Collaboration And RESISTANCE

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The partition of Africa also colloquially known as “The Scramble for Africa” was a process of invasion and occupation of African territory by European powers throughout the time period of 1881 and ended during World War I in 1914. There was a range of reactions on the part of Africans to colonial rule. Supporters of colonialism in Europe claimed that most Africans welcomed the idea of colonialism. Colonialism, they argued, brought the end of the slave trade within the territories of Central and East Africa and brought an end to warfare in various parts of West Africa. Although there is some validity to the claim that colonialism brought peace to certain areas within the continent, and that there were some Africans who were at the beginning grateful that the violence in their lands were put to an end, the historical evidence does not support the claim that there was widespread support for colonial rule. Indeed, there is also considerable evidence of strong resistance to colonial rule. African societies responded to the occupation of their native lands via European powers in different ways. The African resistance to colonialism was the inevitable result of the clash of cultures that arose as European settlers competed for territory with indigenous people and began to enforce sanctions intended to coerce the indigenous population to colonial administrative systems. As their traditional economic, social and political structures were demoralized, Africans had no choice but to retaliate in defense of their traditional way of life, often at great personal cost. The indigenous people did not passively accept European claims to rule over them. As European troops advanced on African territory, they met stiff resistance.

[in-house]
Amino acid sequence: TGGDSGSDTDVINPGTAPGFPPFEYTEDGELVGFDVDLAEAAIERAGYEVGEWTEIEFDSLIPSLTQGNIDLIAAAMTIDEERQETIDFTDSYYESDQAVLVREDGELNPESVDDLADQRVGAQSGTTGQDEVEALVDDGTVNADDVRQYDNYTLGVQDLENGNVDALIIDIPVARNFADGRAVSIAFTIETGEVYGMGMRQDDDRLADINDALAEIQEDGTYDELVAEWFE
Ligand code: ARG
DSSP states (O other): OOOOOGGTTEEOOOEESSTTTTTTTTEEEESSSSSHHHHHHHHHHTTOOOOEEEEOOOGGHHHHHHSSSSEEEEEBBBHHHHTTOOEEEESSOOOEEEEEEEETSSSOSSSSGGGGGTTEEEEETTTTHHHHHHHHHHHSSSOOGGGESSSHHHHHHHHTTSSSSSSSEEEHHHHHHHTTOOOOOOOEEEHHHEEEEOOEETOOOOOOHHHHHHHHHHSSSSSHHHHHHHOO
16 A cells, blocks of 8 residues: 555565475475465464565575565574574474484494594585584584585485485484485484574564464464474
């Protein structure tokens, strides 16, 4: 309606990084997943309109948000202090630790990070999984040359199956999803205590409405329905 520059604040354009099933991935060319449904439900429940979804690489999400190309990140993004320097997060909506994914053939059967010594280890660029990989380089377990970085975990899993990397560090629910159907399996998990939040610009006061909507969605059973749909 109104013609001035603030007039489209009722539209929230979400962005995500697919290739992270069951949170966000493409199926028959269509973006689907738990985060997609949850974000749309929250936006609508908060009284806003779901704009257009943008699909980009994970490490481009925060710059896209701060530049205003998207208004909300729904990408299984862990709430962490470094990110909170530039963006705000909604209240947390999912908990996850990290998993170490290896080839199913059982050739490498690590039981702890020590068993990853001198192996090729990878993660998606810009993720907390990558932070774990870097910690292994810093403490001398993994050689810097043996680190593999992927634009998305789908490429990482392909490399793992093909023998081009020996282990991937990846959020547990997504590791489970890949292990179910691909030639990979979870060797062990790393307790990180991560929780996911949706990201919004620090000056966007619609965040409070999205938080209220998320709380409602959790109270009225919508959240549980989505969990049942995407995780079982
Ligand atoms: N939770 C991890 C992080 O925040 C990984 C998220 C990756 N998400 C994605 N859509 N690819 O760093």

Resistance during the New Imperialism era was fluid and always changing. The African societies or leaders that right from the start of colonialism decided to fight Europeans were known as primary resistance. This type of resistance included



Bibliography: McCaskie, T., & Boahen, A. (1987). General History of Africa, VII: Africa under Colonial Domination, 1880-1935. Africa: Journal Of The International African Institute, 57(3), 121-125,127-129. doi:10.2307/1160731 Muimui, L. (2012). POLITICAL HISTORY OF BAROTSELAND. Barotseland.info. Retrieved 5 June 2015, from http://www.barotseland.info/POLITICAL_HISTORY_BAROTSELAND.html Ranger, T. (1968). Connexions between ‘Primary Resistance’ Movements and Modern Mass Nationalism in East and Central Africa: II. J. Afr. Hist, 9(04), 631. doi:10.1017/s0021853700009087 Reid, R. (2009). A history of modern Africa. Chichester, U.K.: Wiley-Blackwell. Okoth, A. (2006). African societies and the establishment of colonial rule (p. 158). Nairobi [u.a.]: East African Educational Publ. History.state.gov,. (2009). Founding of Liberia, 1847 - 1830–1860 - Milestones - Office of the Historian. Retrieved 9 June 2015, from https://history.state.gov/milestones/1830-1860/liberia

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